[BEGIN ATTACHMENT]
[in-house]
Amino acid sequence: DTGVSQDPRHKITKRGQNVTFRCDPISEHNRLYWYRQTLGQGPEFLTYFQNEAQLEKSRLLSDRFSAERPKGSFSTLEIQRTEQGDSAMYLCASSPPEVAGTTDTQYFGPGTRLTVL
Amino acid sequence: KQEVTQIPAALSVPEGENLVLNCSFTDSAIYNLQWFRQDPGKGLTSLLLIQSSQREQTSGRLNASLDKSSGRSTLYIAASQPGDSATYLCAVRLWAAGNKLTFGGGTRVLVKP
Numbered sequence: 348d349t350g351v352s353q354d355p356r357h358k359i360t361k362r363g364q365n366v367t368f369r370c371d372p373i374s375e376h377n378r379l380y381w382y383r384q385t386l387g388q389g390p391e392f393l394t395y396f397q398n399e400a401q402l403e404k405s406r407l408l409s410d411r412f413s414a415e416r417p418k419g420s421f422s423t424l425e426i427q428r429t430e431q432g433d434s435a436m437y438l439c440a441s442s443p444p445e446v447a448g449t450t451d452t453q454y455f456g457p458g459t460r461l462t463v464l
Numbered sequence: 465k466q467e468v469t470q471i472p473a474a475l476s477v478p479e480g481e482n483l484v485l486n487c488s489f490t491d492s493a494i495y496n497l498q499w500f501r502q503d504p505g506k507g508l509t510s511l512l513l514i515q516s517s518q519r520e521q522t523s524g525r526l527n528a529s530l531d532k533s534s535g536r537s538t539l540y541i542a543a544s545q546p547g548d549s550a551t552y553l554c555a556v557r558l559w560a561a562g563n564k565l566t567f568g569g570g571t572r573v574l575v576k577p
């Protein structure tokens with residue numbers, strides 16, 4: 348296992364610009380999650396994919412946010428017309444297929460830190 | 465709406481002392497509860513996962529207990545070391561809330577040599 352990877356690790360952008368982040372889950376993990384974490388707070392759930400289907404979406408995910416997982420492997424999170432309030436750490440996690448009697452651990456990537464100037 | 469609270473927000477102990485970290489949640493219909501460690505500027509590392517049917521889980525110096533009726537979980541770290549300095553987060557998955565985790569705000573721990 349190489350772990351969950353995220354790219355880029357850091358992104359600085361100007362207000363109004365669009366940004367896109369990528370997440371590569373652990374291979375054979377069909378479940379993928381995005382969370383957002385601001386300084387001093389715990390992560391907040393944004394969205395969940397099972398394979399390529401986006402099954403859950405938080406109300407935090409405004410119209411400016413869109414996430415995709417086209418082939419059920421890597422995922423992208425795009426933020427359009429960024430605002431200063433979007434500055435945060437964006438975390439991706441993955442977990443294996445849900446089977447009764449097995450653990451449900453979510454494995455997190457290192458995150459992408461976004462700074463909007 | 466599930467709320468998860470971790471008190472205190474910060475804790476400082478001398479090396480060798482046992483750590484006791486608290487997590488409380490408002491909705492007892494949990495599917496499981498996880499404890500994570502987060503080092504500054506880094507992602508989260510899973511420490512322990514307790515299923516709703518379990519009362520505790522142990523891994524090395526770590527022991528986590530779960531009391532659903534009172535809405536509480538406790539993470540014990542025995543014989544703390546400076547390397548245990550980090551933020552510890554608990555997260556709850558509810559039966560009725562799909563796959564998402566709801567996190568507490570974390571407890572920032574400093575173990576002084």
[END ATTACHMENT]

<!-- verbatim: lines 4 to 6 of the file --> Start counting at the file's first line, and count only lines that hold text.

Numbered sequence: 348d349t350g351v352s353q354d355p356r357h358k359i360t361k362r363g364q365n366v367t368f369r370c371d372p373i374s375e376h377n378r379l380y381w382y383r384q385t386l387g388q389g390p391e392f393l394t395y396f397q398n399e400a401q402l403e404k405s406r407l408l409s410d411r412f413s414a415e416r417p418k419g420s421f422s423t424l425e426i427q428r429t430e431q432g433d434s435a436m437y438l439c440a441s442s443p444p445e446v447a448g449t450t451d452t453q454y455f456g457p458g459t460r461l462t463v464l
Numbered sequence: 465k466q467e468v469t470q471i472p473a474a475l476s477v478p479e480g481e482n483l484v485l486n487c488s489f490t491d492s493a494i495y496n497l498q499w500f501r502q503d504p505g506k507g508l509t510s511l512l513l514i515q516s517s518q519r520e521q522t523s524g525r526l527n528a529s530l531d532k533s534s535g536r537s538t539l540y541i542a543a544s545q546p547g548d549s550a551t552y553l554c555a556v557r558l559w560a561a562g563n564k565l566t567f568g569g570g571t572r573v574l575v576k577p
């Protein structure tokens with residue numbers, strides 16, 4: 348296992364610009380999650396994919412946010428017309444297929460830190 | 465709406481002392497509860513996962529207990545070391561809330577040599 352990877356690790360952008368982040372889950376993990384974490388707070392759930400289907404979406408995910416997982420492997424999170432309030436750490440996690448009697452651990456990537464100037 | 469609270473927000477102990485970290489949640493219909501460690505500027509590392517049917521889980525110096533009726537979980541770290549300095553987060557998955565985790569705000573721990 349190489350772990351969950353995220354790219355880029357850091358992104359600085361100007362207000363109004365669009366940004367896109369990528370997440371590569373652990374291979375054979377069909378479940379993928381995005382969370383957002385601001386300084387001093389715990390992560391907040393944004394969205395969940397099972398394979399390529401986006402099954403859950405938080406109300407935090409405004410119209411400016413869109414996430415995709417086209418082939419059920421890597422995922423992208425795009426933020427359009429960024430605002431200063433979007434500055435945060437964006438975390439991706441993955442977990443294996445849900446089977447009764449097995450653990451449900453979510454494995455997190457290192458995150459992408461976004462700074463909007 | 466599930467709320468998860470971790471008190472205190474910060475804790476400082478001398479090396480060798482046992483750590484006791486608290487997590488409380490408002491909705492007892494949990495599917496499981498996880499404890500994570502987060503080092504500054506880094507992602508989260510899973511420490512322990514307790515299923516709703518379990519009362520505790522142990523891994524090395526770590527022991528986590530779960531009391532659903534009172535809405536509480538406790539993470540014990542025995543014989544703390546400076547390397548245990550980090551933020552510890554608990555997260556709850558509810559039966560009725562799909563796959564998402566709801567996190568507490570974390571407890572920032574400093575173990576002084």